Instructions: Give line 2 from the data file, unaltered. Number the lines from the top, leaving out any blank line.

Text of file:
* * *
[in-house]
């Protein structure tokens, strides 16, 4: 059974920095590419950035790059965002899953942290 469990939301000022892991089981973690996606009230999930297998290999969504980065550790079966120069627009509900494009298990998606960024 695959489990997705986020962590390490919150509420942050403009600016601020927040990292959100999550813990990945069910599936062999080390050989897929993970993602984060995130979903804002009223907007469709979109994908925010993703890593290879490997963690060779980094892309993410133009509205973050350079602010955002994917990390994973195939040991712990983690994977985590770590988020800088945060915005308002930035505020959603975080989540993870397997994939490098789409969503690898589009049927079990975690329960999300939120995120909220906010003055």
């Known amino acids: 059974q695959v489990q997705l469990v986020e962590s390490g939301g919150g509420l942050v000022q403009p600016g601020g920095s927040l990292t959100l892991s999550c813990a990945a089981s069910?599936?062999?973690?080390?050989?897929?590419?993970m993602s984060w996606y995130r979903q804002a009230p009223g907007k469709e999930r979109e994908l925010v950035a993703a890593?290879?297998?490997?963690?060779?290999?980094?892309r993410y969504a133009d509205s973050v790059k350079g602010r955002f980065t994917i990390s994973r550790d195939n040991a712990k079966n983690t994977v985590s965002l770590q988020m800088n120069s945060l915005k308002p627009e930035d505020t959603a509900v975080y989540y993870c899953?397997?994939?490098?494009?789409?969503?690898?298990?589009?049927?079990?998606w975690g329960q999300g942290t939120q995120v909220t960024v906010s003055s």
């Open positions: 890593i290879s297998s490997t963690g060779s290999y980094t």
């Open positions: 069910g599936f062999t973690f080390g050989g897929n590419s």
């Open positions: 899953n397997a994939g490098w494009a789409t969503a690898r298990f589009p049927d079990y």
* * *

């Protein structure tokens, strides 16, 4: 059974920095590419950035790059965002899953942290 469990939301000022892991089981973690996606009230999930297998290999969504980065550790079966120069627009509900494009298990998606960024 695959489990997705986020962590390490919150509420942050403009600016601020927040990292959100999550813990990945069910599936062999080390050989897929993970993602984060995130979903804002009223907007469709979109994908925010993703890593290879490997963690060779980094892309993410133009509205973050350079602010955002994917990390994973195939040991712990983690994977985590770590988020800088945060915005308002930035505020959603975080989540993870397997994939490098789409969503690898589009049927079990975690329960999300939120995120909220906010003055």